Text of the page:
We examined the action involving British and Commonwealth forces on Sword Beach during D-Day.
The Normandy Invasion of 1944 smashed open the door of Hitler’s ‘fortress Europe’ and was a major turning point in World War Two. It created a second front, splitting the Wehrmacht between the Eastern Front war with the Soviets and the battles to the west. Daring, but costly in lives and materials, it paved the way to Berlin and defeat for Germany.
Sword was the most easterly of the five landing sites used on June 6, 1944. It was divided into four areas; ‘Oboe’, ‘Peter’, ‘Queen’, and ‘Roger’. Assaulted by elements of British I Corps, it would be the last invasion beach to be stormed and, unhelpfully, offered the narrowest landing site.
The assault force was formed from 3rd Division’s 8th Brigade, and 27th Armoured Brigade’s 13/18th Hussars and its Sherman DD tanks. Major-General Rennie’s division was also supported by elements of 79th Armoured Division, Lord Lovat’s 1st Special Service Brigade (including 176 Free French Commandos led by Commandant Philippe Kieffer), and No.5/No.6 Beach Groups – an assortment of logistics, engineer, medical, and signals staff supported by ‘R’ Commando and an infantry battalion. Additionally, 4th Special Service Brigade were to come ashore between Sword and the Canadian landing beaches on Juno.
As I Corps would assault both Sword and Juno, General John Crocker’s task was greater than any other Allied corps commander that day. On Sword, the amphibious armour was scheduled to hit the beach at 7.25am, just before the leading battalions and the commandos, to support the attack toward Caen – nine miles from the beach – and Carpiquet airfield. The rest of 27th Brigade and 3rd Division would land throughout the day.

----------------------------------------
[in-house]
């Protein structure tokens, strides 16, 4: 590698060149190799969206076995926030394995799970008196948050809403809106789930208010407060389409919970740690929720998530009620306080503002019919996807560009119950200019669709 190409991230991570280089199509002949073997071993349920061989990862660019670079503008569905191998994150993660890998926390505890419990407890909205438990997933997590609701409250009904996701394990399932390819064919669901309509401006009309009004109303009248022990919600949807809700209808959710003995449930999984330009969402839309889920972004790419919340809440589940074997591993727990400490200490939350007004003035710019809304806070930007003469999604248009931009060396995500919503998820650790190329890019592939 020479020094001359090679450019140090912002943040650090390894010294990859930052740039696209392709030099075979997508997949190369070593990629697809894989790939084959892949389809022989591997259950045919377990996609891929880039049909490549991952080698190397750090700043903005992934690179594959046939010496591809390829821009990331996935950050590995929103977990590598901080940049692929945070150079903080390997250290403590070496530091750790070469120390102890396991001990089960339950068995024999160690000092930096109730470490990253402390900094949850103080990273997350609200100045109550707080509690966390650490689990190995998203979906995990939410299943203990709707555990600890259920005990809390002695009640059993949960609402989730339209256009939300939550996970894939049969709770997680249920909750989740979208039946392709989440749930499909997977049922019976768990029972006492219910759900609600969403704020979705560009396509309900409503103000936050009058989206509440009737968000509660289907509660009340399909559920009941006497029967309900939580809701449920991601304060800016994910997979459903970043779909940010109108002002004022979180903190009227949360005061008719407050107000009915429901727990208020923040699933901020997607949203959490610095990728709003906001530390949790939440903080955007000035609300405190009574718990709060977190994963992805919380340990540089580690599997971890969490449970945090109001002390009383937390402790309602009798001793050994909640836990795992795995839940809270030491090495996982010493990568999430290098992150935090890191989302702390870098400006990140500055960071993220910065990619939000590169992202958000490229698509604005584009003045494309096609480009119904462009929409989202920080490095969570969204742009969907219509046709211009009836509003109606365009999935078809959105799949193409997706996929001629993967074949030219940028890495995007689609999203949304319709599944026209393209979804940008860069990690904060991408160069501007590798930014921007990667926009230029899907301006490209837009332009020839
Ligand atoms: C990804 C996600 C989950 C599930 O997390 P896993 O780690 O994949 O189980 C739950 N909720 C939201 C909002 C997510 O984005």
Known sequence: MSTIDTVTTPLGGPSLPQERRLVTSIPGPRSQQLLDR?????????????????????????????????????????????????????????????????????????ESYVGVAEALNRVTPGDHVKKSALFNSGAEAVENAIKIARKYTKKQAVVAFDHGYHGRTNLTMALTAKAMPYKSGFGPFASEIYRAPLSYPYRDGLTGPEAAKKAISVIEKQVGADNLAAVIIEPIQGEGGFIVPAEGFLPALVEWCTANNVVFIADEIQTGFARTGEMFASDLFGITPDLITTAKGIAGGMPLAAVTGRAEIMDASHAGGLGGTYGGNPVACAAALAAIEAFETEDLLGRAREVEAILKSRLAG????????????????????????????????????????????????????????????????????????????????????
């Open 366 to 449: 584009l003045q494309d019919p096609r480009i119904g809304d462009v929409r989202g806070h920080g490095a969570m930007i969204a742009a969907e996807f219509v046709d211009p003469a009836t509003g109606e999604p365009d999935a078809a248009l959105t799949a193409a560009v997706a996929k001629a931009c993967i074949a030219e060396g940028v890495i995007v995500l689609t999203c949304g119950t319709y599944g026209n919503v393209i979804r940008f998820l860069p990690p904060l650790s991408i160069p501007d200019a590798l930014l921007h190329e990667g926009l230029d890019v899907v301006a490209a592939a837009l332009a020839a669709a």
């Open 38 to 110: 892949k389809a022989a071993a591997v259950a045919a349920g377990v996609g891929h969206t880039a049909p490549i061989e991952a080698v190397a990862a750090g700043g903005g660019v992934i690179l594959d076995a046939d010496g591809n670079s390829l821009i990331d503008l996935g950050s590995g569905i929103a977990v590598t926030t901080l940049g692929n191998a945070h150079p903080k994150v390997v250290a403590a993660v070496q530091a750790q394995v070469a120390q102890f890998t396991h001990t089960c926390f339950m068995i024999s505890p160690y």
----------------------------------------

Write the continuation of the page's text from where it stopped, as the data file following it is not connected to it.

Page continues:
Sword was protected by 20 strongpoints, littered with mines, obstacles, and covered by trenches and machine guns. Wire lined the beach and the exits were blocked. Snipers and yet more machine guns overlooked the shore, which was also guarded by eight 50mm and four 75mm anti-tank guns, and an 88mm gun. Six artillery batteries could fire on the beach and the four 100mm guns of the Merville Battery, east of the River Orne, threatened Sword and the landing fleet. In addition to the 90 or so large guns, more than 50 mortars also protected the beach. Four companies of the 716th Infantry Division held Sword, approximately 20 more were in position to, or close enough to, defend the beach. Further back the 21st Panzer Division situated on both sides of the Orne. Elements of this force – two panzergrenadier battalions and an anti-tank battalion – were transferred to the 716th, and part of this formation held Périers Ridge, three miles south of Sword.
Hit the Beach
The opening salvos were thrown at 3am, with the Royal Navy’s Sword Bombardment Group (including the battleships Warspite and Ramillies and the monitor Roberts) and aircraft hitting German positions. At 7.25am the DD tanks were launched. The seas were heavy, so Brigadier Prior-Palmer opted to float the Hussar’s tanks closer to shore. ‘A’ and ‘B’ Squadrons launched 34 of their 40 DDs just 5,000 yards (4,572m) from shore (the last six landed conventionally). One sank, two more were rammed by landing craft ferrying the first wave – infantry and 25 specialist tanks known as ‘funnies’ – as they overtook the struggling Shermans. Ten DDs were lost as Sword was taken, leaving 27 to support the advance.